On the festival's first night I carried a tray out to the sukkah bearing dinner, kiddush cups, wine and juice, a lighter for the candle I encased in a many-pointed glass star so that the wind wouldn't blow it out. Our son complained that he couldn't see the moon, but we came back outside later when it had just risen -- huge and yellow over the dark horizon of the hills -- and he jumped up and down with joy.
I spent much of the first day of Sukkot bundled up in the sukkah: jeans, socks, fuzzy slippers, a shirt, a sweater, a jacket, a knitted hat and scarf, and fingerless gloves. Above me the cornstalks rustled in the breeze. Occasionally yellow maple leaves drifted down from one of the trees overhead and made their way through the schach of the roof to land on my laptop. I was chilly, but I stayed out for a long time.
Being in a sukkah feels like being indoors and outdoors at the same time. The fresh air says "outdoors;" the feel of roof and walls says "indoors." But not too indoors. I can see sky through the roof. The usual views of our backyard and the valley are broken into squares by the sukkah's wooden lattice. All around me, decorations and our son's apple-themed art hang as though in midair.
Sukkot is so short, in the grand scheme of things. Seven days. I didn't want to miss it; I didn't want to waste it sitting indoors at the desk where I sit the whole rest of the year. The commandment is leishev ba-sukkah, "to dwell in the sukkah" -- literally, "to sit in the sukkah," which always makes me think of sitting zazen. The point of sitting in the sukkah is just sitting in the sukkah. Gloves and all.
I try repeatedly to photograph our sukkah in a way which would show you what it looks like, what it feels like. But as with the panorama of the autumnal Berkshire hills, the pictures of the sukkah don't capture its reality. Autumn light streaming past golden tinsel garlands and shiny glitter pumpkins, the endless soft rustle of the roof, the little lights which gleam at nightfall. All I can capture are glimpses.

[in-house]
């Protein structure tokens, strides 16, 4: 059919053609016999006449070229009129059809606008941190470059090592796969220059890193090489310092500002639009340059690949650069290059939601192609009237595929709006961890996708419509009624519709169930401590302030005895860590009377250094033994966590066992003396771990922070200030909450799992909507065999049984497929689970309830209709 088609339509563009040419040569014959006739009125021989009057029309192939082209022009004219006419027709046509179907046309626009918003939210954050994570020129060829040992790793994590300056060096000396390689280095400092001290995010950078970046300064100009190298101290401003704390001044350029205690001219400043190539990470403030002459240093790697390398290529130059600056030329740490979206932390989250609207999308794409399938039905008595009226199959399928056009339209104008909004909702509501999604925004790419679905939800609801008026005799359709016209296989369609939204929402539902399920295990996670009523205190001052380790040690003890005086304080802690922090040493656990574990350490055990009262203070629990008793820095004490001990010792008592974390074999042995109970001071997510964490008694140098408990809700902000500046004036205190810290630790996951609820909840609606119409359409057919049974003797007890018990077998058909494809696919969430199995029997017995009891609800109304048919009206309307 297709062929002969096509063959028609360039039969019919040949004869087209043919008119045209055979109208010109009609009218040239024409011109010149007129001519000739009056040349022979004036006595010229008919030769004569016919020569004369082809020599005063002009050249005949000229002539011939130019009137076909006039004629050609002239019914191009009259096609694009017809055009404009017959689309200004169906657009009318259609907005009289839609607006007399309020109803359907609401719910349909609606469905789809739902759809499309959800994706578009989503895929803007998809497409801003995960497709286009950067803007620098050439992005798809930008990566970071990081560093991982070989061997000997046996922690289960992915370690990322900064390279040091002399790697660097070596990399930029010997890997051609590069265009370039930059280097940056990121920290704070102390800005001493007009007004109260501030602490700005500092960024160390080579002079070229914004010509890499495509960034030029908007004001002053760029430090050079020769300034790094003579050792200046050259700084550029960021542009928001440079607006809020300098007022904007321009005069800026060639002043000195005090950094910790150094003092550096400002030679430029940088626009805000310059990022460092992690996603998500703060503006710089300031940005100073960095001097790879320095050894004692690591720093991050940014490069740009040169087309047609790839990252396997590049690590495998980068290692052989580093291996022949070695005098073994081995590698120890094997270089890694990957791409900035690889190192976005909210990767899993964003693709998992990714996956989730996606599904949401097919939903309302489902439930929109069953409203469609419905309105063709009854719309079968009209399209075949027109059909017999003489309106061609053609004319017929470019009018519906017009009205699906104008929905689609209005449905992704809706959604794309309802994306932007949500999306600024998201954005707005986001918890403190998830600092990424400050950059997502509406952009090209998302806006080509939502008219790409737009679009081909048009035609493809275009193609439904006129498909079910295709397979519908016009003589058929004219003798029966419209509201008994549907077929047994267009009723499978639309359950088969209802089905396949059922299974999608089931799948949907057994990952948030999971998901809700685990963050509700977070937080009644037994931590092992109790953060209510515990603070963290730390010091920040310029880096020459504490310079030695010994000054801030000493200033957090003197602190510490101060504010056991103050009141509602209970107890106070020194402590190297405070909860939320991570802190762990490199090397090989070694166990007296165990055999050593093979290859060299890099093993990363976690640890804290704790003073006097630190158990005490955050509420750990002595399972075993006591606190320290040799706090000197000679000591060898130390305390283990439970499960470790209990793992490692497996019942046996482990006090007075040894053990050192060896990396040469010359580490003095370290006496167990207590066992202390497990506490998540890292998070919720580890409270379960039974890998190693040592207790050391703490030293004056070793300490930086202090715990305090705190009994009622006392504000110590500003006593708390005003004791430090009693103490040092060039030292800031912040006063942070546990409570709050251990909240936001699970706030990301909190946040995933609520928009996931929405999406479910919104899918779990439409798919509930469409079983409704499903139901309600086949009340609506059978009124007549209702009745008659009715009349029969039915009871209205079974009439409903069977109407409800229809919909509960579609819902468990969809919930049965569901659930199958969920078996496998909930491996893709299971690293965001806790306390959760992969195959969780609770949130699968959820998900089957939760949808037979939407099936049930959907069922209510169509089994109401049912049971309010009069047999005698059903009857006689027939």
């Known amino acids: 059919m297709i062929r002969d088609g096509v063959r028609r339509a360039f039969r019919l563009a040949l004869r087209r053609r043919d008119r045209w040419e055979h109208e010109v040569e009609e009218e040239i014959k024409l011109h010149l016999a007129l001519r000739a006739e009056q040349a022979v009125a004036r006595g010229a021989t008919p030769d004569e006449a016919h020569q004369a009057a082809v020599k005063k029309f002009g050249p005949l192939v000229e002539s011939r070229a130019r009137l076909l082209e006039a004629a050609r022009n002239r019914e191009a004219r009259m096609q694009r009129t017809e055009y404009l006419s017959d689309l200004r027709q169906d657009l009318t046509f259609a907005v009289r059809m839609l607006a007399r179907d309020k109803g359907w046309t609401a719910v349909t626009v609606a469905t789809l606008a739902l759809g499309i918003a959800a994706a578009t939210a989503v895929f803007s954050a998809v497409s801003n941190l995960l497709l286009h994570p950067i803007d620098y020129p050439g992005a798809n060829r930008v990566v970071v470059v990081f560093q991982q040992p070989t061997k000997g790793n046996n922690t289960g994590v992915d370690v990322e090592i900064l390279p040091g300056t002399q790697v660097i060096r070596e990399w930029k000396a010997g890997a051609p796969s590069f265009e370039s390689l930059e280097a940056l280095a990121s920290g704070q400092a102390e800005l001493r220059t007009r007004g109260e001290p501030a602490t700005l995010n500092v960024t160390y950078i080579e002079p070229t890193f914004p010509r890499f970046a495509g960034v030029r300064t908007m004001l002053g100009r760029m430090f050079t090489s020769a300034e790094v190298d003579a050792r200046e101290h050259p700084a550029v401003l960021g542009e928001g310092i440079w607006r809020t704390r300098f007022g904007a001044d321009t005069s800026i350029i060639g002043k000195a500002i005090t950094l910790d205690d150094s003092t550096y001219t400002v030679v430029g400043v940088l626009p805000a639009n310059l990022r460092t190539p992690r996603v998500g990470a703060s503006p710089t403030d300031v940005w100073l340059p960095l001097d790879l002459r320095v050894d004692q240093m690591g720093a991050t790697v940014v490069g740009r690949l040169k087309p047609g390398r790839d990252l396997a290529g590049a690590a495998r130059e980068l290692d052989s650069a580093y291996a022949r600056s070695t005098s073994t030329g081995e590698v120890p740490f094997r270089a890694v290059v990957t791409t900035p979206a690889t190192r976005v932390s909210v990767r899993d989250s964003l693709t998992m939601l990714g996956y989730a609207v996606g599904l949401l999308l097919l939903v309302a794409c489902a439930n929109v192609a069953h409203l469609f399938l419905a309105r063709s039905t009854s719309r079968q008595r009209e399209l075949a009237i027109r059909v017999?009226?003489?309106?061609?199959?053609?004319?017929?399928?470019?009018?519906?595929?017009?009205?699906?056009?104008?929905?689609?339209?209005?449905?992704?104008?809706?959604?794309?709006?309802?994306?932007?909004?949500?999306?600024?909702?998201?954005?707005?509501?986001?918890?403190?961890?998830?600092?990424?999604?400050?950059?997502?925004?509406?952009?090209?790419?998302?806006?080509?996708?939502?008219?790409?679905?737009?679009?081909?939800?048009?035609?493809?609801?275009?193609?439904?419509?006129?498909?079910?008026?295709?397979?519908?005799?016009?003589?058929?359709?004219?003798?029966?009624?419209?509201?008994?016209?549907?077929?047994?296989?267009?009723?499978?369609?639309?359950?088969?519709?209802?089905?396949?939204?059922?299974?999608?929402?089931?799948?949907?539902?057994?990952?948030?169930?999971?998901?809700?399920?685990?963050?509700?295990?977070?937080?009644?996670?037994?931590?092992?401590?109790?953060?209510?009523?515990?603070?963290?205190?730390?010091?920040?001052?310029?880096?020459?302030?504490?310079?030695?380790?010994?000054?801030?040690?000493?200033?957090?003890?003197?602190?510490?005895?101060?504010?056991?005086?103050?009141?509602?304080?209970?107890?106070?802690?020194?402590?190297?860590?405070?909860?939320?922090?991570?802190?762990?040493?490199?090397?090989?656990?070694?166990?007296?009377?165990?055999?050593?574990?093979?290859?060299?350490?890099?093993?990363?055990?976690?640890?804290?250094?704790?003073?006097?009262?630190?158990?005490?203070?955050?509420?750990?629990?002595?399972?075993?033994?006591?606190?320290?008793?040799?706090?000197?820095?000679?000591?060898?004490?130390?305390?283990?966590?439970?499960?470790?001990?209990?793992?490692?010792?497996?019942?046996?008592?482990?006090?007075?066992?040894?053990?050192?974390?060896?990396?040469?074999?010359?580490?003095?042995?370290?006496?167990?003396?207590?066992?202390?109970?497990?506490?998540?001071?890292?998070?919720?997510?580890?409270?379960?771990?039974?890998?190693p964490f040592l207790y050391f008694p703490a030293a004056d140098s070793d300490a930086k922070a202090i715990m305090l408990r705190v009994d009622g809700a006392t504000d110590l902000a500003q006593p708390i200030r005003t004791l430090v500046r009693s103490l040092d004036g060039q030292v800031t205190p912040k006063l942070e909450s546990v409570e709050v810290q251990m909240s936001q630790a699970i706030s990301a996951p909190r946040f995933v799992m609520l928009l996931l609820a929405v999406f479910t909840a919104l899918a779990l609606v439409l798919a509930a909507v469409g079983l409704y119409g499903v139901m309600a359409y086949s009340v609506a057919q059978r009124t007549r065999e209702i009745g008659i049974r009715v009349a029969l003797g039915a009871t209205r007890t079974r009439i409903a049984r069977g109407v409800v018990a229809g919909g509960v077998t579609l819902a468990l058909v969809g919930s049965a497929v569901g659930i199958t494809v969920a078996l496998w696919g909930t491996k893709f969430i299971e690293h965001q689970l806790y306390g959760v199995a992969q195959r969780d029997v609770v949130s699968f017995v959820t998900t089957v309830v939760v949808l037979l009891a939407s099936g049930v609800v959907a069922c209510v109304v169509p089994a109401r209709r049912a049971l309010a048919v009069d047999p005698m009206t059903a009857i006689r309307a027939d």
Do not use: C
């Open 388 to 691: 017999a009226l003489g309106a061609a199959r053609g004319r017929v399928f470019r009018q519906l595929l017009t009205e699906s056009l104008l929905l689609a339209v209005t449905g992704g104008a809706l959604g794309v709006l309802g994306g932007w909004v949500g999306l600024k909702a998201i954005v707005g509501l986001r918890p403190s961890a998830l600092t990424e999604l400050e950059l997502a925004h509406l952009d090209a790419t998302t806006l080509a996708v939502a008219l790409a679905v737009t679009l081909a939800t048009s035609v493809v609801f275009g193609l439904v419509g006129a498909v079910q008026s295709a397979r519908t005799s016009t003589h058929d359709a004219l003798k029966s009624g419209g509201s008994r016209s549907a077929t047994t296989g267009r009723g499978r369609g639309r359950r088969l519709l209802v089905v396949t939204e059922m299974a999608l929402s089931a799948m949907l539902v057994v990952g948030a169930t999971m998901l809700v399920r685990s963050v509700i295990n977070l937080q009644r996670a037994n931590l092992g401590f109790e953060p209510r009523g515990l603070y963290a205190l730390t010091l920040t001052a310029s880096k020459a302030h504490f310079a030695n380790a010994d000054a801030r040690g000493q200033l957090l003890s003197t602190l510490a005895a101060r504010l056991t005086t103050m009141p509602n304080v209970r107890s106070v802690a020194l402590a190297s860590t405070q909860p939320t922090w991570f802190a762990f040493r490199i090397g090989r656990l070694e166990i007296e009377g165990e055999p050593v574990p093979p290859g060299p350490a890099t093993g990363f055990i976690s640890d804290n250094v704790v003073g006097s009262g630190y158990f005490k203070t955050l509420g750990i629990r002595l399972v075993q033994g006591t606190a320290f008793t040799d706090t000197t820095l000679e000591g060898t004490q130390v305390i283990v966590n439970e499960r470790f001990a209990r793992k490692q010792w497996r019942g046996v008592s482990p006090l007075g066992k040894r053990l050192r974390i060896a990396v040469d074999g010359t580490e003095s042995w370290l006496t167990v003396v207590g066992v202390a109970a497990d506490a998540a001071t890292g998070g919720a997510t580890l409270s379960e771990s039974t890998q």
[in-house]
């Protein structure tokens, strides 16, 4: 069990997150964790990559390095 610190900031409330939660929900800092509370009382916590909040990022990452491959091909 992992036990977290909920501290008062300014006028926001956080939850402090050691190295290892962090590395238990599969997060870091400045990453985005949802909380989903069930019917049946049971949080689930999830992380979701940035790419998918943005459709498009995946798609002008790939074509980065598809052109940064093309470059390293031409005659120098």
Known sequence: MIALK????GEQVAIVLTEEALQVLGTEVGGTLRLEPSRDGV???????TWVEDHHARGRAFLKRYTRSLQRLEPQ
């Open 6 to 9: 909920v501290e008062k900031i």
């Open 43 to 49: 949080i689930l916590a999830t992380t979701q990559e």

The sukkah has to be experienced in four dimensions, including time. The sukkah only exists for a short window of time. And yet the sukkah is also a portal in time, a door to every other year when I have sat in a sukkah. The ghosts of ten sukkot are imprinted on this back yard. Surely God, Who inhabits all of space and time simultaneously, can see next year's sukkah, and the next, and the next...
In the sukkah I can hear crickets chirping. Soon hard frosts will quiet the hillsides. Soon -- but not yet. On the first evening of the festival, as we ate dinner in the sukkah, we listened to an invisible neighbor playing "Auld Lang Syne" on clarinet. Our own private Sukkot serenade. The soundscape of the week also includes chipmunks rustling in the hillside's fallen leaves, and Canada geese calling overhead.
The sukkah, some say, represents the cloud of glory which followed the Israelites in their 40-year wilderness wandering. This is a house of divine presence. The walls and roof may be barely-there, but Shekhinah surrounds me with her embrace. I think of the angel song, that prayer for surrounding our son with wonder, strength, light, comfort, and the presence of Shekhinah all through the night.
Weather will blow in. Eventually the sukkah will come down. Temporariness is an inextricable part of the design. And yet this is where we're supposed to rejoice. Not despite the leaky roof, short lifespan, short-term design -- but with them, in them, through them. Go outside in order to go inside. Through this parody of a roof, recognize the sheltering Presence which curls protectively over us all.